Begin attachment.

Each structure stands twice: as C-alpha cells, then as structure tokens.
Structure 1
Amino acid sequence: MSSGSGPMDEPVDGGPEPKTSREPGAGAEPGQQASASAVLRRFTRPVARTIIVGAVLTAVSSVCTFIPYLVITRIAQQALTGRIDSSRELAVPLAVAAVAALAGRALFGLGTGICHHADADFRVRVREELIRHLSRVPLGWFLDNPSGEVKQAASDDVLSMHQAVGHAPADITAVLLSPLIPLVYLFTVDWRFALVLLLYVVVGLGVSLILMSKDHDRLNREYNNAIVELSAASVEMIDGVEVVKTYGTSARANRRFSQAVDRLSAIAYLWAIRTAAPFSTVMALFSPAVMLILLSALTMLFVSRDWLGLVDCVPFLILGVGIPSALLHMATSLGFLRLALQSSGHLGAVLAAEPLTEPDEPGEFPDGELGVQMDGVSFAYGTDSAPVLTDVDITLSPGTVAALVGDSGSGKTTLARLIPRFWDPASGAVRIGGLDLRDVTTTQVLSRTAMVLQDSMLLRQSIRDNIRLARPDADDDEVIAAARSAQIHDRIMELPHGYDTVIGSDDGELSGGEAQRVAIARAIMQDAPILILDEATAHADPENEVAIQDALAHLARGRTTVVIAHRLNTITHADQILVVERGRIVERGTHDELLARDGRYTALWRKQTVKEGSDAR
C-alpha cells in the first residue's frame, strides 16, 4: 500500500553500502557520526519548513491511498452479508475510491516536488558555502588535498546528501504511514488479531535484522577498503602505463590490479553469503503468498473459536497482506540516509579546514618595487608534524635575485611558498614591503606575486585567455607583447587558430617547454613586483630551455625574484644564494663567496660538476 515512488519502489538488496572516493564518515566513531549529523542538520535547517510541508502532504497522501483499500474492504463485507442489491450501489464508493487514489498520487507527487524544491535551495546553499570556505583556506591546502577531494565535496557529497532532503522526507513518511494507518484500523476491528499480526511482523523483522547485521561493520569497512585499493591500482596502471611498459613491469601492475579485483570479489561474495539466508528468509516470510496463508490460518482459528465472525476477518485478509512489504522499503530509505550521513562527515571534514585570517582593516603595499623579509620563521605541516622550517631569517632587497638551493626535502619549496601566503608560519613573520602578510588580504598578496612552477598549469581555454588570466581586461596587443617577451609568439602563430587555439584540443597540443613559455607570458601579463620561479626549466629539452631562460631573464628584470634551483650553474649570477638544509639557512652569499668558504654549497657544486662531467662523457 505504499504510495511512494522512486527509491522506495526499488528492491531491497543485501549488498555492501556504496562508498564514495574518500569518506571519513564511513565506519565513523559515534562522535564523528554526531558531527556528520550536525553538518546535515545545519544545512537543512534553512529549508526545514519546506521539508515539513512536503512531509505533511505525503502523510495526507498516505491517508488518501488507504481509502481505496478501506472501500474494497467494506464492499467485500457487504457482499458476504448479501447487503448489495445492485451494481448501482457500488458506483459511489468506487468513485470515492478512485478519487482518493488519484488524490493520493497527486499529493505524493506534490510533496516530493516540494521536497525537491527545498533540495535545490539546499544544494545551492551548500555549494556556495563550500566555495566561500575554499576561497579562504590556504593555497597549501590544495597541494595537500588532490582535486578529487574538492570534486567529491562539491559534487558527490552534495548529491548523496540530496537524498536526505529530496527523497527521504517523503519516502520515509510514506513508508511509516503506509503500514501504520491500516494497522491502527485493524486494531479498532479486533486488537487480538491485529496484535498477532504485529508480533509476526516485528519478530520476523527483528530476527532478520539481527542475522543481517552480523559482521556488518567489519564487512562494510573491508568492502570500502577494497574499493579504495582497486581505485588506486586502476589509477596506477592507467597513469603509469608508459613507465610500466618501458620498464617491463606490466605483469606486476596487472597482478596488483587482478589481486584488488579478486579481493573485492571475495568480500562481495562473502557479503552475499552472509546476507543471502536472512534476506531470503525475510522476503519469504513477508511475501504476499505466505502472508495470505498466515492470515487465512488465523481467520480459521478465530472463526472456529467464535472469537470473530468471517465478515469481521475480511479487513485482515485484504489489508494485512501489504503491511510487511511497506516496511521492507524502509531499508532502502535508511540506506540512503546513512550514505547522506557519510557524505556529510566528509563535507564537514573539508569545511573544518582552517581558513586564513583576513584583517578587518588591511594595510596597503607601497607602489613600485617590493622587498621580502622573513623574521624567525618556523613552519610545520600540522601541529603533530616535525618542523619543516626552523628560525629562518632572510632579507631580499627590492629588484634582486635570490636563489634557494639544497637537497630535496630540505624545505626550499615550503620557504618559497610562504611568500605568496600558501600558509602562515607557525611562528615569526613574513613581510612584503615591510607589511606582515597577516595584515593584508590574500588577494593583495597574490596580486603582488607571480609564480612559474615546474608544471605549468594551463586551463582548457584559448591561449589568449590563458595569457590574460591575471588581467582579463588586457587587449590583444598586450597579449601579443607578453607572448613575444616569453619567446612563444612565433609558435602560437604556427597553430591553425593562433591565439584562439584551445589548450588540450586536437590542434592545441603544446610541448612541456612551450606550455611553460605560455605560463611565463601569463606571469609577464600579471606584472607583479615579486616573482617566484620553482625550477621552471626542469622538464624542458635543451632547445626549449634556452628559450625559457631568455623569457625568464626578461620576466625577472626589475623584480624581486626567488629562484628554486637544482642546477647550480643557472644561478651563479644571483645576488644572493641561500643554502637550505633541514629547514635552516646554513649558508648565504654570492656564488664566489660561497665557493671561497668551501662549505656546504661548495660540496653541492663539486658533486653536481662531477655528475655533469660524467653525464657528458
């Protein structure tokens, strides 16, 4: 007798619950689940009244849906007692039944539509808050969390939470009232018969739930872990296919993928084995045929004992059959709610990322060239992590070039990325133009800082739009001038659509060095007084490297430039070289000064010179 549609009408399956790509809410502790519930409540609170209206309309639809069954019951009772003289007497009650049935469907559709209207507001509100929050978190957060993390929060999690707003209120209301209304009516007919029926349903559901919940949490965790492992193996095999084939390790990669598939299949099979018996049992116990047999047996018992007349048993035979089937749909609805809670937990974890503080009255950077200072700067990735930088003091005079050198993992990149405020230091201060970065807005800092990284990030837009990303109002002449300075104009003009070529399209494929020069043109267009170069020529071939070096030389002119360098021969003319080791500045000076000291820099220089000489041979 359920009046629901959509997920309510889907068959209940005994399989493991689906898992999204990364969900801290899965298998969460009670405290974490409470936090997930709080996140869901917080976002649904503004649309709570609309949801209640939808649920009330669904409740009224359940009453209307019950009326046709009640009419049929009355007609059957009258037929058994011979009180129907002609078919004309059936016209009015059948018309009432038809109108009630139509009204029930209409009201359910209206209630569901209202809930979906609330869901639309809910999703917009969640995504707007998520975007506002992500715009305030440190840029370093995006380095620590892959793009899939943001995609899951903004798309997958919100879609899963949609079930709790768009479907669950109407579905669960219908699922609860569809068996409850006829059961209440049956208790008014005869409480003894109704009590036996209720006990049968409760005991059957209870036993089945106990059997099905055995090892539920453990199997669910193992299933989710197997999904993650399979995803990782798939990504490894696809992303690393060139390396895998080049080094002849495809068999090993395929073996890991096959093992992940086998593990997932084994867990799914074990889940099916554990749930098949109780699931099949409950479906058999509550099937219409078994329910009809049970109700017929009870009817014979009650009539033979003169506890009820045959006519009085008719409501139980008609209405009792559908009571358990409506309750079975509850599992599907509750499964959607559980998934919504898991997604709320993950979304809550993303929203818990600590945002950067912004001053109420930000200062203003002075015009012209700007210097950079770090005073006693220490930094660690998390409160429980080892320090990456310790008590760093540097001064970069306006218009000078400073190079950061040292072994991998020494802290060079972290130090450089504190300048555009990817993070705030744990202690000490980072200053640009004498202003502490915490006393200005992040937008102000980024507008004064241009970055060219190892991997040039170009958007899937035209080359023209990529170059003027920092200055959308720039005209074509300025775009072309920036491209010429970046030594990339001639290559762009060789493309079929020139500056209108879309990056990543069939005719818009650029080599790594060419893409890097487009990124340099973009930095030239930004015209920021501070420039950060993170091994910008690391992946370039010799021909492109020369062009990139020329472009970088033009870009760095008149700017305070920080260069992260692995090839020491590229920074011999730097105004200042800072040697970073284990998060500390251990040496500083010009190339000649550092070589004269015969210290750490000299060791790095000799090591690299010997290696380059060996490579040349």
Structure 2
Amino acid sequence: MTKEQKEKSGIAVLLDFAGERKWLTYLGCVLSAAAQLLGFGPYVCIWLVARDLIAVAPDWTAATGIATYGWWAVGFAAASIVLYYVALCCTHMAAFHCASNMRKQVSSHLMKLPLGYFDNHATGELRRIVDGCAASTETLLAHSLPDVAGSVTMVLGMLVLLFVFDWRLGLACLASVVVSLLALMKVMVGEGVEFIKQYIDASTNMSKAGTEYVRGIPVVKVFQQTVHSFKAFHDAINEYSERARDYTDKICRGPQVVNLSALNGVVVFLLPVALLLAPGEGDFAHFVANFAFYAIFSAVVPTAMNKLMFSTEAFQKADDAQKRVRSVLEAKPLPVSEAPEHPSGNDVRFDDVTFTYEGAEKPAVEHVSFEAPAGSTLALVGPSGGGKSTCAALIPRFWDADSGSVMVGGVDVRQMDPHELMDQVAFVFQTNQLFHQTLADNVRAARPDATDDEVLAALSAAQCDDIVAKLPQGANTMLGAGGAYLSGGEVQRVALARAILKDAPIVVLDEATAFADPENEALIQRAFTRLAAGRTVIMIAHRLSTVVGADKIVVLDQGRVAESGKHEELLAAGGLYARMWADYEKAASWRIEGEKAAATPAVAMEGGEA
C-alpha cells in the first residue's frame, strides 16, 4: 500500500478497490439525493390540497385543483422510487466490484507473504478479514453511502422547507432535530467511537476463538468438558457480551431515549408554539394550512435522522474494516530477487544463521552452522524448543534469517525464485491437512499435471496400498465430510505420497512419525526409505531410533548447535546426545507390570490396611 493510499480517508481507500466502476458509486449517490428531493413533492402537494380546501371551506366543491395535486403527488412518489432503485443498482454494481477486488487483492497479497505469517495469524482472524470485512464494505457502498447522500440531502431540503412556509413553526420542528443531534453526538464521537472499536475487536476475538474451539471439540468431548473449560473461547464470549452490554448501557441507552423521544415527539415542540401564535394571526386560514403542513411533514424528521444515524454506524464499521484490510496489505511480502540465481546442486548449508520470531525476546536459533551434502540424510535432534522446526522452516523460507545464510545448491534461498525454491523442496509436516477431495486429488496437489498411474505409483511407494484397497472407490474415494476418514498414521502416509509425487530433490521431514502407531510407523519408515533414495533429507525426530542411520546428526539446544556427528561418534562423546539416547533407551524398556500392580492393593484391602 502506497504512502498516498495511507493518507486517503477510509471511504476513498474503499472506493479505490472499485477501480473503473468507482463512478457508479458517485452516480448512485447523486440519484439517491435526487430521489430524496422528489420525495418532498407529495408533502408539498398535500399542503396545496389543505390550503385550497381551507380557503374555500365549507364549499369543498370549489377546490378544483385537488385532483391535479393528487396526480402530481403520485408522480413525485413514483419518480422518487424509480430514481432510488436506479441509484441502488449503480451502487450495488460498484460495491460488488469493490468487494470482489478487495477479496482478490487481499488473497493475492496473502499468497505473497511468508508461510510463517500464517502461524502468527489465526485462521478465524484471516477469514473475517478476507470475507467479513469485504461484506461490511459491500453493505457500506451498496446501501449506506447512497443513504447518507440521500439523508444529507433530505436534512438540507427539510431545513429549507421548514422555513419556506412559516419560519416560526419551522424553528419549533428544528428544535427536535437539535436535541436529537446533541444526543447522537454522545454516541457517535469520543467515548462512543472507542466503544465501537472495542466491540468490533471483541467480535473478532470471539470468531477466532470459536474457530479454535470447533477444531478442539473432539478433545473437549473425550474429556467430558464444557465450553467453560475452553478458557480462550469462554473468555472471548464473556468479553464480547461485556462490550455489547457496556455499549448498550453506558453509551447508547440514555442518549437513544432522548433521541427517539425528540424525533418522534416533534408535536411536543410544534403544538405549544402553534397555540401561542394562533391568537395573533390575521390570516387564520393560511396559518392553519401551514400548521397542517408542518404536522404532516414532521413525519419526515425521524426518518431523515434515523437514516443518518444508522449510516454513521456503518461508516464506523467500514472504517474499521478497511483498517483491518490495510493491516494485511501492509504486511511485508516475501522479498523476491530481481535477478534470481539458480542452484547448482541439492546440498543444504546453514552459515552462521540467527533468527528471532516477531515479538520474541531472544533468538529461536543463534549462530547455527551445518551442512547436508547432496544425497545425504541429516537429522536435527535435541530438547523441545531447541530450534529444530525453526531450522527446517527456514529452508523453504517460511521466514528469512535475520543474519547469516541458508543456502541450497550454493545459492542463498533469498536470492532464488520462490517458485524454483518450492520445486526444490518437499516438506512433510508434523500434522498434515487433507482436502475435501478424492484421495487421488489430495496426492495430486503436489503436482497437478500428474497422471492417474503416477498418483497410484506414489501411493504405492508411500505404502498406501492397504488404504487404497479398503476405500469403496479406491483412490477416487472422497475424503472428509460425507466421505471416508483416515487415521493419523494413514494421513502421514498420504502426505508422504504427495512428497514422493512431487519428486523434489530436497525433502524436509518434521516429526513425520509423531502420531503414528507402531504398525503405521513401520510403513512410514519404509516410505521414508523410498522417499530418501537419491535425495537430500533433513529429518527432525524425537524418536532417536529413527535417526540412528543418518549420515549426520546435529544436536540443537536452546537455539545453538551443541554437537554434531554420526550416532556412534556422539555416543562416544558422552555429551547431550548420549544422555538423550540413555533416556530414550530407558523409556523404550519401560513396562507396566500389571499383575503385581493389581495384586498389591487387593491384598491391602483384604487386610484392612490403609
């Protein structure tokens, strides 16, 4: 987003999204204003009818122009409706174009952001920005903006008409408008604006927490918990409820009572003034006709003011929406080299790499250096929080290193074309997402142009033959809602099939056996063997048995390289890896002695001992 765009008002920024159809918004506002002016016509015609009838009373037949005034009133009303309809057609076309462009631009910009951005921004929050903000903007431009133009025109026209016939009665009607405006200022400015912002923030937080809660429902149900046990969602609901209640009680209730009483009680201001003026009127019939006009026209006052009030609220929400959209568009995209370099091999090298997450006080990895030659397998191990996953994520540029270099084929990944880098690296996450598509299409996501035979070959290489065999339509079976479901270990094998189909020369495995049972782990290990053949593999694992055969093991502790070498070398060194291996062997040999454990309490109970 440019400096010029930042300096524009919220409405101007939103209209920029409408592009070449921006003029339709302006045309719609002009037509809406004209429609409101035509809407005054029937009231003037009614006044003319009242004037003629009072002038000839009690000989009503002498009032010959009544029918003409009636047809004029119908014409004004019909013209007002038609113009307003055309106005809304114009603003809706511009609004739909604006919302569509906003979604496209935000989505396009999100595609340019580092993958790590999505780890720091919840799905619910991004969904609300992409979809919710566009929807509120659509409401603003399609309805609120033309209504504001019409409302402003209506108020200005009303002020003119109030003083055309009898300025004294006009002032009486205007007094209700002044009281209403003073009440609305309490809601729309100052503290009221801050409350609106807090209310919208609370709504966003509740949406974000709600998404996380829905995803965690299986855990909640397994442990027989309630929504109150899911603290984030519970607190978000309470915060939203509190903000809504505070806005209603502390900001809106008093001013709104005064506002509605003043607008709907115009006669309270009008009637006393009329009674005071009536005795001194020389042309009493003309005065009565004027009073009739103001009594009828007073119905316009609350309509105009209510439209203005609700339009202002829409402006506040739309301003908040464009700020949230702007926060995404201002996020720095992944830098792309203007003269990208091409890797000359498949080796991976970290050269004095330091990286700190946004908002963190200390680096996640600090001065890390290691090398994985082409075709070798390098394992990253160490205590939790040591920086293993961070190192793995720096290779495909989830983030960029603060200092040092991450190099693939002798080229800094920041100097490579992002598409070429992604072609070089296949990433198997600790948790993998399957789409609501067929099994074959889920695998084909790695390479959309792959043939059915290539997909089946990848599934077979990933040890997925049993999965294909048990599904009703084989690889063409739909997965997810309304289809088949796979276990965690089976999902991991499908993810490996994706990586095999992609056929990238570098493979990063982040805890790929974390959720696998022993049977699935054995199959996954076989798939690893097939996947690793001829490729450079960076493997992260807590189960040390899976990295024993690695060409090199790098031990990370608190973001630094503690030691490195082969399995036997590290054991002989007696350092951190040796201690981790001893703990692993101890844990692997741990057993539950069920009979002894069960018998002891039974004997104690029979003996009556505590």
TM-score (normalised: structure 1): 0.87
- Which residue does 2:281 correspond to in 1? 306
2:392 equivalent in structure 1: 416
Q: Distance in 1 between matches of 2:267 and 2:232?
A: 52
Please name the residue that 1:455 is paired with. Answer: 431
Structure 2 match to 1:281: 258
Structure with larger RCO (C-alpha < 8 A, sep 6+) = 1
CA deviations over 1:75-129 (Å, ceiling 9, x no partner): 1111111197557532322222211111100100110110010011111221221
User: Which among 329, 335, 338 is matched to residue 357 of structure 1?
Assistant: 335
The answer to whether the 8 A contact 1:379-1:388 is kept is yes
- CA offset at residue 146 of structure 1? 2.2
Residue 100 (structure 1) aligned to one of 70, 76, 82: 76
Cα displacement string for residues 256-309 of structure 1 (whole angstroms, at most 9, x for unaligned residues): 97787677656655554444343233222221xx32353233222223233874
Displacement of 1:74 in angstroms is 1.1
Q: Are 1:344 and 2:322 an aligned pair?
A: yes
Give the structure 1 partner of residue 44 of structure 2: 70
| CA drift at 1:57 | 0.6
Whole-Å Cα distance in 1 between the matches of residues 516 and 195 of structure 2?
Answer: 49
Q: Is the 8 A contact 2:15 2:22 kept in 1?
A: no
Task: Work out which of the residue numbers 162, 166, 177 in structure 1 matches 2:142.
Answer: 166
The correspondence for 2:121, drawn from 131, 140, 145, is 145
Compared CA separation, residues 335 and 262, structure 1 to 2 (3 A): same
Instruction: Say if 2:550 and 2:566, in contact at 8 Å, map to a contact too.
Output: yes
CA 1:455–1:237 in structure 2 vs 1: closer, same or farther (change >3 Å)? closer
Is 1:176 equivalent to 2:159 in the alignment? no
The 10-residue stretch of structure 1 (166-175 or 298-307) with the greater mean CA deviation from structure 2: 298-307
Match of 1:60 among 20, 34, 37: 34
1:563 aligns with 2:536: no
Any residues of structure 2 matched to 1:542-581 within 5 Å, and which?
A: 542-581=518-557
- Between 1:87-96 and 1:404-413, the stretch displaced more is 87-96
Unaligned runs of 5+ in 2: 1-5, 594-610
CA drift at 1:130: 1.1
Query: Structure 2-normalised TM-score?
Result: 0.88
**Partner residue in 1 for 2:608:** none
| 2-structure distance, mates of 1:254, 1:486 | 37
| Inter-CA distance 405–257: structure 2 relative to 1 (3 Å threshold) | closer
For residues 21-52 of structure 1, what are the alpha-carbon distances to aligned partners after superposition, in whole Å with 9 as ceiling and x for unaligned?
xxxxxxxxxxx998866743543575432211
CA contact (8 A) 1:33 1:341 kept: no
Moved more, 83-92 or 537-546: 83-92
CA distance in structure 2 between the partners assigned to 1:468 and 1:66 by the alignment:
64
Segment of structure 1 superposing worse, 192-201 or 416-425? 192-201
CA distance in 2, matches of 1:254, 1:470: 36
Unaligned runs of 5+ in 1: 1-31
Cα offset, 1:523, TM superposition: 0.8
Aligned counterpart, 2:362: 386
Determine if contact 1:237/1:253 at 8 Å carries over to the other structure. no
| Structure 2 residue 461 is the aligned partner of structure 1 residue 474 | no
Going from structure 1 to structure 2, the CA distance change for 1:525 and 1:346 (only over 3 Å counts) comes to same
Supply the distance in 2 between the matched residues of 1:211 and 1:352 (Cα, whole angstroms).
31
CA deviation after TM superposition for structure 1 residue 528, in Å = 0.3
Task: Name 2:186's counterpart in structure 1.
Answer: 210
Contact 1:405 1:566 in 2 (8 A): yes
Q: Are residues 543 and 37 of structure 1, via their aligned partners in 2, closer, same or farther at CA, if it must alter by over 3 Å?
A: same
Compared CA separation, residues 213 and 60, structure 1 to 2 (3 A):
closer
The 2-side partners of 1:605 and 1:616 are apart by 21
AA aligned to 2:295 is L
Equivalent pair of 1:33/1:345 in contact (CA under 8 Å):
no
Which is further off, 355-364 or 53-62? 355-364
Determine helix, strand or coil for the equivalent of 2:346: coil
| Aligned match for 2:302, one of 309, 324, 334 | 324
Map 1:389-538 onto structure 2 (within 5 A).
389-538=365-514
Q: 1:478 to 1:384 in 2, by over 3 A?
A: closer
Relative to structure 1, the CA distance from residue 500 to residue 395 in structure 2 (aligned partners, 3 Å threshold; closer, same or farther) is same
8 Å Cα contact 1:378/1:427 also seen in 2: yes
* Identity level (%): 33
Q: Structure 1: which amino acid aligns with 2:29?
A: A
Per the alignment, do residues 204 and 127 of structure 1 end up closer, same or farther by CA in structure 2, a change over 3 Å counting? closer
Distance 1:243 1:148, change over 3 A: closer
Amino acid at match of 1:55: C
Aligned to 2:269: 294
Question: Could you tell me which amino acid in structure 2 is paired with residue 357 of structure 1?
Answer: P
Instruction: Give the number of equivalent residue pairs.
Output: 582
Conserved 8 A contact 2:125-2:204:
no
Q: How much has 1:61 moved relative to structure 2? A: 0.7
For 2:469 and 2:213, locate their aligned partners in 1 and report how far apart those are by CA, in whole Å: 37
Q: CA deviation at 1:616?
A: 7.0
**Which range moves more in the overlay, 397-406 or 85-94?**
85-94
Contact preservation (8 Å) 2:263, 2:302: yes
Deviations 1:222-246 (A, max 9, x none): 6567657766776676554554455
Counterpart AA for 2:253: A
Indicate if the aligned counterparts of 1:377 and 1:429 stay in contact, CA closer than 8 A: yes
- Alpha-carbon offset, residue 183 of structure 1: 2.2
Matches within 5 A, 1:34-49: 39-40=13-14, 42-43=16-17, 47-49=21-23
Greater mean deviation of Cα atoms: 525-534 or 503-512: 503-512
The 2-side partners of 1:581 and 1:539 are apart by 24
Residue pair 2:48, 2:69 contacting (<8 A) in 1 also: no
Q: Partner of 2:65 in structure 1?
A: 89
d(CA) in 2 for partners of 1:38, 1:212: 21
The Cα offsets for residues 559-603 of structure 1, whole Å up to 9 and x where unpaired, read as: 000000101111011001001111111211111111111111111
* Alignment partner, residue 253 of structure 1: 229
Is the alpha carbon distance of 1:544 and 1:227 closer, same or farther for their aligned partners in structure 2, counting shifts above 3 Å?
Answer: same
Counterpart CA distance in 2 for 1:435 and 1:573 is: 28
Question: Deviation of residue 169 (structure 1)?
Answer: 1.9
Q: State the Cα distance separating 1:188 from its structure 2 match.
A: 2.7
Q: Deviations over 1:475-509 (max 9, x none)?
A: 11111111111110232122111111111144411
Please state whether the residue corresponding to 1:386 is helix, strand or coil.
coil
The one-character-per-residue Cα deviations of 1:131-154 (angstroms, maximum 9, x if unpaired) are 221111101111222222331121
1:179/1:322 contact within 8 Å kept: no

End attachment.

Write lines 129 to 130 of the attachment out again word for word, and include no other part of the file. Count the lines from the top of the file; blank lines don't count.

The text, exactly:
Answer: 1.9
Q: State the Cα distance separating 1:188 from its structure 2 match.